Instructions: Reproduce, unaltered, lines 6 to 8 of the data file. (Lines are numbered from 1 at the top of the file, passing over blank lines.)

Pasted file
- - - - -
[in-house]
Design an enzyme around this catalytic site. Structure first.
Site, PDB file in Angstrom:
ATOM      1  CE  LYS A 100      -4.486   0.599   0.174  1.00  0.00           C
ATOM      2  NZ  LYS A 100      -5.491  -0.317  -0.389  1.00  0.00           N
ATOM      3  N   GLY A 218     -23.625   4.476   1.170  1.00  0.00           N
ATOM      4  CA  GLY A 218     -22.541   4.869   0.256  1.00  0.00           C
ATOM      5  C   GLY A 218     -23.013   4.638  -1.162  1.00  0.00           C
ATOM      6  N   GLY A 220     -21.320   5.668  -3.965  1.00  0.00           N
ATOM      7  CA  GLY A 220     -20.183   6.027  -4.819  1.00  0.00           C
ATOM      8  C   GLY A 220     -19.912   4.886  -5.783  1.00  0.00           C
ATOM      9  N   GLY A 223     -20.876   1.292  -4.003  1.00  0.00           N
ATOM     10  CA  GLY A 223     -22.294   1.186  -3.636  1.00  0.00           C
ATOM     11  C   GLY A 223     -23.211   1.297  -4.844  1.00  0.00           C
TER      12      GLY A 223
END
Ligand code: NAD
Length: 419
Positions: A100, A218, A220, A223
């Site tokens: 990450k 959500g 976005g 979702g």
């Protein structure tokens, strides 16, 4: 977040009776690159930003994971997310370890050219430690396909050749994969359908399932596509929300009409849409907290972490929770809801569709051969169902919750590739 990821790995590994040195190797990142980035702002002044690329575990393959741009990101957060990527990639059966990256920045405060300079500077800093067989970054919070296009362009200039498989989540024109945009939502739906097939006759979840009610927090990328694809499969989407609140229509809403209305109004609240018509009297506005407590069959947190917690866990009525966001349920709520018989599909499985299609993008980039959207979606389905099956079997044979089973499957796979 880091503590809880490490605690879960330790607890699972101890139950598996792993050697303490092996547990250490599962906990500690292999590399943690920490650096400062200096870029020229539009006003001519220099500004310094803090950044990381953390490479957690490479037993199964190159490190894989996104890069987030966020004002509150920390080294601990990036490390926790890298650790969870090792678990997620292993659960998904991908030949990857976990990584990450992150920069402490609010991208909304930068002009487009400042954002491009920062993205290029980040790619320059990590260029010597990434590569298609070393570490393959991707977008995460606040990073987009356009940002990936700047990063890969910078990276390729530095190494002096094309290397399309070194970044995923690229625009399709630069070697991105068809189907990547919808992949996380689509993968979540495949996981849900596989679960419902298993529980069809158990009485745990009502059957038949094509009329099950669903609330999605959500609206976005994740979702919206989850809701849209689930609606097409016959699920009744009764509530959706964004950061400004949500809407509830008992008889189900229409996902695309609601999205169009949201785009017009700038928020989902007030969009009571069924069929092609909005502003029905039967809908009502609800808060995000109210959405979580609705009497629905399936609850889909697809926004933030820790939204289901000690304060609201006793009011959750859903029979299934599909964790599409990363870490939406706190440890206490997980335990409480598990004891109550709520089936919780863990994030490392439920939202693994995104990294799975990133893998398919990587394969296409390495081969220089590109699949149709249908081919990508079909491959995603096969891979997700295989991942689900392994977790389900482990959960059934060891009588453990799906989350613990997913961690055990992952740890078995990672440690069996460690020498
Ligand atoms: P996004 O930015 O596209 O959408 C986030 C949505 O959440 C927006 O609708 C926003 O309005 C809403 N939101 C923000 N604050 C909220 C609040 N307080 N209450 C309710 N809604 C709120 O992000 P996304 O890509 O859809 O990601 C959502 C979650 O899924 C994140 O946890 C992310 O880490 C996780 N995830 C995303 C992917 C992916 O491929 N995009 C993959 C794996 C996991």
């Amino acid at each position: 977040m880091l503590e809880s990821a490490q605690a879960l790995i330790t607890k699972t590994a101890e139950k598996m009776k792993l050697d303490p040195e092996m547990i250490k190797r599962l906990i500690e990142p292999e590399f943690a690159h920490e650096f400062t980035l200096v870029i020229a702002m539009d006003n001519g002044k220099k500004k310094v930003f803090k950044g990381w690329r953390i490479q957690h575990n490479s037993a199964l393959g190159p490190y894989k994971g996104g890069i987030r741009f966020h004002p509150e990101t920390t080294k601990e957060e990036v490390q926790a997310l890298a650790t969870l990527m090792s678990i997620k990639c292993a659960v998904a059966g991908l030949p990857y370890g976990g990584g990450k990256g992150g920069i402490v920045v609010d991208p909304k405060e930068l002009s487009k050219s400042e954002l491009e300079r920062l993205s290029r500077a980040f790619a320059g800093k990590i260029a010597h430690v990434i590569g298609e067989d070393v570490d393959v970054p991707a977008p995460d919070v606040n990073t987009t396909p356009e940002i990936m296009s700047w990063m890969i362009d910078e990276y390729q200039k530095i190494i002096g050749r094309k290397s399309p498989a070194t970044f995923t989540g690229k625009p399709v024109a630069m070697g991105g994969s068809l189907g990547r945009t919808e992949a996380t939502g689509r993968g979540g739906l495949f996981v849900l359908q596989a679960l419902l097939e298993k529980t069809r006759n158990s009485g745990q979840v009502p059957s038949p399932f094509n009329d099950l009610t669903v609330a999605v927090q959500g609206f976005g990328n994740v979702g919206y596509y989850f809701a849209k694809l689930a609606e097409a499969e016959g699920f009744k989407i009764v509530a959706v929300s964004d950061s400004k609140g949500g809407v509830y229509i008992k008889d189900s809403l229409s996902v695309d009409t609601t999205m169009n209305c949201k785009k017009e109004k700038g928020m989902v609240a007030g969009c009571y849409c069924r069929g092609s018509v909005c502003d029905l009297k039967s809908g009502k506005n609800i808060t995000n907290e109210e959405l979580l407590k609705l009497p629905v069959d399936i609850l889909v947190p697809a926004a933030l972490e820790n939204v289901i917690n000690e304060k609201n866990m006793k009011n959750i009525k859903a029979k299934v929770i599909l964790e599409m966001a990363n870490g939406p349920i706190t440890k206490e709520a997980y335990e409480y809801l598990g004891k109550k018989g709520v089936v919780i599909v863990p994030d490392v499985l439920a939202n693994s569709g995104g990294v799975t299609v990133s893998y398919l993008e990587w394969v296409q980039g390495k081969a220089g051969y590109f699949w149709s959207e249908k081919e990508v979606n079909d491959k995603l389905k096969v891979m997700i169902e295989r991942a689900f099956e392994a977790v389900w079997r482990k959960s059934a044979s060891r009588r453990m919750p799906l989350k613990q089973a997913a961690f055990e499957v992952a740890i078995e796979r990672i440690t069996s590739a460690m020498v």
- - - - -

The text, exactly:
ATOM      3  N   GLY A 218     -23.625   4.476   1.170  1.00  0.00           N
ATOM      4  CA  GLY A 218     -22.541   4.869   0.256  1.00  0.00           C
ATOM      5  C   GLY A 218     -23.013   4.638  -1.162  1.00  0.00           C